Billy Strange Tells The Story Behind Nancy Sinatra’s Hit “These Boots Are Made For Walkin'”


In this video arranger Billy Strange talks about the recording session and the history behind the Nancy Sinatra hit “These Boots Are Made For Walkin'”.

Nancy Sinatra’s “These Boots Are Made For Walkin'” was number 1 50 years ago. “These Boots Are Made For Walkin’,” hit number 1 on Billboard’s and Cash Box’s national singles charts on February 26, 1966. Besides Nancy’s great singing it was Billy Strange’s skills as an arranger and co-producer that made this song immortal.

In 2010 I talked to Billy Strange (1930-2012) for at his home in Franklin, TN, about ”Boots“ and he told me how he came up with the famous sliding bass intro played by Chuck Berghofer and why songwriter and producer Lee Hazlewwod didn’t want Nancy to record ”Boots“. You can watch the interview in the video above.

Billboard’s December 25, 1965 “Spotlight Singles” review of “Boots” recognized the hit potential of the song:

Having hit the Hot 100 chart with her ‘So Long Babe,’ Miss Sinatra has top of the chart potential with this fine folk-rock material from the pen of Lee Hazlewood. Her vocal performance and the Billy Strange driving dance beat should move this one rapidly up the chart.

More information about “Boots” on Nancy Sinatra’s website.

Billy Strange had a extraordinaire career as a guitarist, singer, recording artist, arranger, conductor, songwriter, composer and producer. He worked with Nat King Cole, Frank Sinatra and Elvis Presley. He also worked as a studio guitarist in Los Angeles in the nineteen fifties and sixties. Here you can find his huge but incomplete discography.

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Billy Strange: September 29, 1930 – February 22, 2012

Billy Strange, about two years old

Billy Strange, about two years old

I’m still very sad about the passing of the great musician Billy Strange. Not was he only a wonderful guitarist, producer and arranger, he was also a great friend. A unique man: thoughtful, funny, clever, heardheaded and supportive. He had the greatness to let others shine on stage and on records.

Over the years I’ve met Billy several times. And the more I learned about his life and career, the more in awe I was. That’s why I started writing about him on this blog. Later I interviewed Billy on video. Two parts of this video interview were published by Swiss newspaper Tages-Anzeiger (English with German subtitles):

Das unbekannte Genie hinter Elvis und Sinatra: Teil 1
Das unbekannte Genie hinter Elvis und Sinatra: Teil 2

Here is my farewell to Billy (in German):

Der Forrest Gump der Musikgeschichte

And here are some articles from this blog about Billy Strange:

Billy Strange talks about Nancy Sinatra

Billy Strange’s Fuzz Guitar Spices Up Ann-Margret Ballad

The Billy Strange Story of Chubby Checker Hit Song ‘Limbo Rock’

The Birth of a Beach Boys Song

The Forgotten Nancy Sinatra and Lee Hazlewood CD

Billy Strange instrumentals on iTunes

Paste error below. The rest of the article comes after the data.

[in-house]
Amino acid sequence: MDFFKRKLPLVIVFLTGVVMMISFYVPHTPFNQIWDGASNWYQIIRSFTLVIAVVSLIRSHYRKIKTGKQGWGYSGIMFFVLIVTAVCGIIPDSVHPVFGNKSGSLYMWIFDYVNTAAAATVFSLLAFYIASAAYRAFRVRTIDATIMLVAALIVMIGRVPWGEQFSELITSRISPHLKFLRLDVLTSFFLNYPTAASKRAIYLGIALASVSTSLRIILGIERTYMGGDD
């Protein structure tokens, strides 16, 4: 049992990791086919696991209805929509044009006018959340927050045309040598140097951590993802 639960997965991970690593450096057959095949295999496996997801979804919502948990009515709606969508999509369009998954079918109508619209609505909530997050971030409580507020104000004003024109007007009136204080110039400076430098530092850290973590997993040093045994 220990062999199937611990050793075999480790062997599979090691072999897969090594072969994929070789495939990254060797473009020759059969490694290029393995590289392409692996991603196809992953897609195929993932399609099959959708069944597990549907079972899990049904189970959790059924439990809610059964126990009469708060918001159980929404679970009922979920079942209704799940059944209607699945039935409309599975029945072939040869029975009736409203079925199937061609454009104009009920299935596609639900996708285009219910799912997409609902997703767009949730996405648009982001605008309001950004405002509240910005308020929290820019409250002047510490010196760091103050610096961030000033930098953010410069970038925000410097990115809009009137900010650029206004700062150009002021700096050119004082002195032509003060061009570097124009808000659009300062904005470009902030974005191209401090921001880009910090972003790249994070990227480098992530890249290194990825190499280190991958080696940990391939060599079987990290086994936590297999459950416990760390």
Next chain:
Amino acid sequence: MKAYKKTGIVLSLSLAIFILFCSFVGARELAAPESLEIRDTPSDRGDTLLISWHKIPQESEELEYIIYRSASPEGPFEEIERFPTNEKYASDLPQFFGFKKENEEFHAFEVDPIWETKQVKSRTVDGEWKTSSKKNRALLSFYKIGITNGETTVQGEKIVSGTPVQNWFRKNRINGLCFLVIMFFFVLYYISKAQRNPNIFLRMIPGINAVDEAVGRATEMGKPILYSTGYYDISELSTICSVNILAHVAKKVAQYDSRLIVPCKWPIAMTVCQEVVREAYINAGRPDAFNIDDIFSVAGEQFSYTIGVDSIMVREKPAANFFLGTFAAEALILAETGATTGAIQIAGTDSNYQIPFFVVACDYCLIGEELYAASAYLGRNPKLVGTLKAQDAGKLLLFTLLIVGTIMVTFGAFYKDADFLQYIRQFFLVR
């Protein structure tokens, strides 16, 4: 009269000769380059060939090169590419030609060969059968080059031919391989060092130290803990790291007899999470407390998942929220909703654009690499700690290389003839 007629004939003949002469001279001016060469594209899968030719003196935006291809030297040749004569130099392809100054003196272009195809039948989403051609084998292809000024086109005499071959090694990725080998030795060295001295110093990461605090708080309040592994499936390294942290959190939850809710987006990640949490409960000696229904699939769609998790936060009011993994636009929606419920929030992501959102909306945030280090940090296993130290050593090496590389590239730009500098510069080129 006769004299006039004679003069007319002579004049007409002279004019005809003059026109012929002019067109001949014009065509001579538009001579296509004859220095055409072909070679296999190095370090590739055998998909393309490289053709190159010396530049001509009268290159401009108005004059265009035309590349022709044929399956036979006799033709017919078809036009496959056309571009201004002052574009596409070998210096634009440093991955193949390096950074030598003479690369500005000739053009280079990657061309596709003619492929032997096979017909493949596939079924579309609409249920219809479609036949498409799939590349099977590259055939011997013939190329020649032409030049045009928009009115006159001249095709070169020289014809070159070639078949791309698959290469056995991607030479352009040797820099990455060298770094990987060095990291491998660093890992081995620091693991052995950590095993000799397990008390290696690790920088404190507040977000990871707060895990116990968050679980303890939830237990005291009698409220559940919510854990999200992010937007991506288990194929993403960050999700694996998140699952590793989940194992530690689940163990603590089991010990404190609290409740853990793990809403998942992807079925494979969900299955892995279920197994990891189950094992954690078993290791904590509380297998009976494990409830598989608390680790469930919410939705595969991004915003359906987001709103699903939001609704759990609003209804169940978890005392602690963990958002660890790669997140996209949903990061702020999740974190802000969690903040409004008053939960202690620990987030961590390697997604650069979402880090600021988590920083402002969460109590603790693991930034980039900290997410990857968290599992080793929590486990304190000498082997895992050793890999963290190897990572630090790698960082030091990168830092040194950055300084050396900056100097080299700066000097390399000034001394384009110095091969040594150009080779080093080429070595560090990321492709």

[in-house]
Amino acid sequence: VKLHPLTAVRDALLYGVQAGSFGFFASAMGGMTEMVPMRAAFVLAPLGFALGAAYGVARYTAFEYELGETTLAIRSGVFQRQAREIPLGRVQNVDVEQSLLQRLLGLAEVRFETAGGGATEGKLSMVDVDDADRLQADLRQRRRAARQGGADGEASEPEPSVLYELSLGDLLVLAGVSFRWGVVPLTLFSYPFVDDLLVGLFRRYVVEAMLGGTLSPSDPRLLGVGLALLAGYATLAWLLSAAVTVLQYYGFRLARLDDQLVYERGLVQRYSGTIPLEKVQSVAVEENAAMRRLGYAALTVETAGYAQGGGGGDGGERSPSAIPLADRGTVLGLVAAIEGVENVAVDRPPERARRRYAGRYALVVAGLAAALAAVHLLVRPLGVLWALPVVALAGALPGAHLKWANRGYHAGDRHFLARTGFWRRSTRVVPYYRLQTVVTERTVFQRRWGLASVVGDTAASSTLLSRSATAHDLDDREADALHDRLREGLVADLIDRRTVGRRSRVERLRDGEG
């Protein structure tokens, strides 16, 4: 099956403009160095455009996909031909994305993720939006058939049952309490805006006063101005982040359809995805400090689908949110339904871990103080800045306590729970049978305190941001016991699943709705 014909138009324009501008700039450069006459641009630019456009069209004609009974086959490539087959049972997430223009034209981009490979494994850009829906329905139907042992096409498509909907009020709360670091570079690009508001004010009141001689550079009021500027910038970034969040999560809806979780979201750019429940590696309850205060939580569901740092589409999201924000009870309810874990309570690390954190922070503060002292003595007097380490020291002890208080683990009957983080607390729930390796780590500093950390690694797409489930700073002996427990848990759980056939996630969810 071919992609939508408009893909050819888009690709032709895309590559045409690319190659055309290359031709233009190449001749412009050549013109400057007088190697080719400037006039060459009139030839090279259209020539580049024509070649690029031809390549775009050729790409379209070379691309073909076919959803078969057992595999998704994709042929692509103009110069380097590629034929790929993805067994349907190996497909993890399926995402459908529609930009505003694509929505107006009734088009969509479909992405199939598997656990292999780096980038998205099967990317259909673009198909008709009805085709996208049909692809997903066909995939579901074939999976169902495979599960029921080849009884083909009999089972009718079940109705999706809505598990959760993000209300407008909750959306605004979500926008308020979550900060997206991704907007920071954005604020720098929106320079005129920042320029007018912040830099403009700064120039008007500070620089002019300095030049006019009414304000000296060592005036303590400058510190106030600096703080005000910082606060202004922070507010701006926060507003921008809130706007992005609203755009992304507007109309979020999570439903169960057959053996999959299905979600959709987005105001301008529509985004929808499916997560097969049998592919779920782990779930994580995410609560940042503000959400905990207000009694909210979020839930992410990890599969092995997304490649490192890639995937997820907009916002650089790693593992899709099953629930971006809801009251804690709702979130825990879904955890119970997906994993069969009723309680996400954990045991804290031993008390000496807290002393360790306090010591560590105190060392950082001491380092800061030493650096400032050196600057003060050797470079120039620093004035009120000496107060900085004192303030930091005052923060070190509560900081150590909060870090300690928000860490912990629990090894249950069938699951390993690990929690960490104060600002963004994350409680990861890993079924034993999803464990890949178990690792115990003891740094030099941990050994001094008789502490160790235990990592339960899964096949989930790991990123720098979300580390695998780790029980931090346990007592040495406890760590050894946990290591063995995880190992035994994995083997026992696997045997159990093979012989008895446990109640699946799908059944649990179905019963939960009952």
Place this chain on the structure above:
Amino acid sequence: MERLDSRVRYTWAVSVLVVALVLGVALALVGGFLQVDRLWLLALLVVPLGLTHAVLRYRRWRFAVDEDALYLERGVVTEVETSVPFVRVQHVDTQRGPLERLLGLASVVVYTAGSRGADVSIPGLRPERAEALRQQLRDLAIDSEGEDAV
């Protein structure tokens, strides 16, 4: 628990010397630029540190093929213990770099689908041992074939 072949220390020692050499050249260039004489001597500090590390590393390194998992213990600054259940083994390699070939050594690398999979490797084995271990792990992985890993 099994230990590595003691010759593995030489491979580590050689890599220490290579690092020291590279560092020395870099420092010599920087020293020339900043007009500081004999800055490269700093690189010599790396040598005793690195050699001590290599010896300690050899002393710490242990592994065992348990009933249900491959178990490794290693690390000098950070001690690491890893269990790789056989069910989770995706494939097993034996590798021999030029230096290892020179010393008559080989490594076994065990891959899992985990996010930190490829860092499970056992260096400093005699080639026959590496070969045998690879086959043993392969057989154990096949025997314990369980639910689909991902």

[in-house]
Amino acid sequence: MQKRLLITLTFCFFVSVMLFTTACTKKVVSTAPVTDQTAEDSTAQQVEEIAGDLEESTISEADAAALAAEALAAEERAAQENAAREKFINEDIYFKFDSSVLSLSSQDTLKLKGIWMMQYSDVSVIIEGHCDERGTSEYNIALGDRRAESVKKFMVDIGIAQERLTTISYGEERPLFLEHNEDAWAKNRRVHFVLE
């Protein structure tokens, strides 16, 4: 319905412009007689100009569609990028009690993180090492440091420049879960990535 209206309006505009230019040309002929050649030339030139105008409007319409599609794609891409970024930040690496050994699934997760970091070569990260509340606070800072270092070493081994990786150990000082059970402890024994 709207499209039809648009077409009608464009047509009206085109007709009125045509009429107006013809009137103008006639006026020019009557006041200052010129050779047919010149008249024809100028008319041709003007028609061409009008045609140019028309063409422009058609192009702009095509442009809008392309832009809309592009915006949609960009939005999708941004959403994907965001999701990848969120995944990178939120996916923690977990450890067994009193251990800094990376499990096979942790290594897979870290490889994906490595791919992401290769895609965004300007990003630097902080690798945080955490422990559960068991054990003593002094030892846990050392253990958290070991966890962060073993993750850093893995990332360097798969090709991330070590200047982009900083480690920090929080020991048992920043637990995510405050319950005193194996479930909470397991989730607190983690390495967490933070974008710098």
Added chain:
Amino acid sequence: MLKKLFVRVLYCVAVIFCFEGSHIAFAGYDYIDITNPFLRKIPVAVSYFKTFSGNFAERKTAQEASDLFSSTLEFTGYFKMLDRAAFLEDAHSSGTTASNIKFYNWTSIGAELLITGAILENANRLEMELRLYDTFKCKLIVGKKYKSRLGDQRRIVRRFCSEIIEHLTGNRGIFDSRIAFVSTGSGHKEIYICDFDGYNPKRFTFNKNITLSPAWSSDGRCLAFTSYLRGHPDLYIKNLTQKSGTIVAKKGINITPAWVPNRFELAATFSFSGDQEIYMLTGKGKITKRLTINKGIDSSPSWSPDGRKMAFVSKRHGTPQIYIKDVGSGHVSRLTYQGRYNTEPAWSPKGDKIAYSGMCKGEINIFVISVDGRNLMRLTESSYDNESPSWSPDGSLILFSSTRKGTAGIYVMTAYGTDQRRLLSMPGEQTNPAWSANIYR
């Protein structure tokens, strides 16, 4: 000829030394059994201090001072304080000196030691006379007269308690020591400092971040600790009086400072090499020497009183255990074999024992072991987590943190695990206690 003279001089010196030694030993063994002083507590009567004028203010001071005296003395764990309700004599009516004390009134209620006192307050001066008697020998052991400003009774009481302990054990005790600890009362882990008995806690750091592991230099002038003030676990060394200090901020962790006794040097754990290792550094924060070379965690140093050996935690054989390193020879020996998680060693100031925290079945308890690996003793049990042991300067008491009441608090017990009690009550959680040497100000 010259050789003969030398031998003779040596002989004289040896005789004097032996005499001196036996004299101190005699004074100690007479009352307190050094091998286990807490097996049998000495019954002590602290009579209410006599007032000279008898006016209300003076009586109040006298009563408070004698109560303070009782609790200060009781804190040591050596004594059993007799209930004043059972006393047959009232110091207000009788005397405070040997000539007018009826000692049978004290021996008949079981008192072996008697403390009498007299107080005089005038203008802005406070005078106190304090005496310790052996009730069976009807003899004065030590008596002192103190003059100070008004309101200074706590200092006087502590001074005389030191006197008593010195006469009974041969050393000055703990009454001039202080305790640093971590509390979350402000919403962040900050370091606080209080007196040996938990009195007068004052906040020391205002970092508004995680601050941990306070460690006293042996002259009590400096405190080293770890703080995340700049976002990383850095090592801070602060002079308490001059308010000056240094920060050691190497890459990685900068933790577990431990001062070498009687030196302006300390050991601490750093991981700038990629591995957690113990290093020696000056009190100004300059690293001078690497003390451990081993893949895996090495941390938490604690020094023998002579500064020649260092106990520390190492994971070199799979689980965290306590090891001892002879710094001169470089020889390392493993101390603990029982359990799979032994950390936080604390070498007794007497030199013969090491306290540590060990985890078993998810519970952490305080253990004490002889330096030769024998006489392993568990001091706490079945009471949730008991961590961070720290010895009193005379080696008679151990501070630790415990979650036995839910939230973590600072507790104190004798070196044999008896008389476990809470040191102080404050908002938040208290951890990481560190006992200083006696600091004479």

Die Stiefel sind zum Wandern

Vom grossartigen Song «These Boots Are Made For Walkin’», den Nancy Sinatra unsterblich machte, gibt es unzählige Versionen in unzähligen Sprachen. Her einige aus den 1960er Jahren.

Yvonne Přenosilová – Boty proti lásce
Tschechisch im Doppelpack, zwei herrliche Videos des Songs.


Eileen – Die Stiefel sind zum Wandern
Deutsch mit charmantem Akzent.

Eileen – Questi stivali sono fatti per camminare
Neben der deutschen und italienischen Version sang Eileen übrigens auch noch eine französische.

Dalida – Stivaletti Rossi (1967)
Hier sind die Stiefel rot und die Rotzigkeit des Originals fehlt.

Annet Hesterman – Draag Schoenen Om Te Lopen
Holländisch, aber ansonsten ziemlich nah am Original.

Dominique Michel – Ces bottes sont faites pour marcher

Görenhafte Version mit Einsatz von Geigen.

Muguette – Ces bottes sont faites pour marcher

Die wütende Lässigkeit des Originals erreicht auch diese französische Version nicht.

Gloria Benavides – Estas Botas Son Para Caminar
Bei dieser Version konnten sich die Musiker nicht auf den Groove einigen.

Los IN – These Boots Are Made for Walkin'(1966)
Version im Stil der Beatles, gespielt von einer argentinischen Gruppe, gesungen auf englisch.

Nancy Sinatra – These Boots Are Made for Walkin’
Unschlagbar, das Original von Nancy Sinatra. Produziert von Lee Hazlewood, arrangiert von Billy Strange, der die Idee zum Bass-Intro hatte (das Chuck Berghofer spielte).

Working With Nancy Sinatra, Lee Hazlewood and Elvis Presley: Part II Of Billy Strange Video-Documentary

Nancy Sinatra and Billy Strange in the recording studio

Nancy Sinatra in the studio with Billy Strange.

Part 2 of my mini-video-documentary is now online: Billy Strange – Hit Maker.

Guitar-Legend and Master-Arranger Billy Strange Celebrates 80th Birthday

Nancy Sinatra, Billy Strange (middle) and Lee Hazlewood in 2003.

Today Billy Strange celebrates his 80th birthday in Nashville, TN. Here’s a video interview with Billy Strange I did. He talks about working with The Beach Boys, Nat King Cole, Phil Spector and Nancy Sinatra.

Billy Strange helped the Beach Boys, Elvis, Frank and Nancy Sinatra and many others to make hits.

He was a number one studio guitarist in the music studios of Hollywood in the 1950s and 1960s. You can hear his guitar on songs like “Surfin’ U.S.A.”, “Sloop John B.” and countless other Beach Boys and surf songs. He’s also famous for playing the haunting guitar on “Bang Bang”, the song that was used by Quentin Tarantino in “Kill Bill”. His arranging skills made songs like “These Boots Are Made For Walkin'”, “Some Velvet Morning” and “Something Stupid” immortal.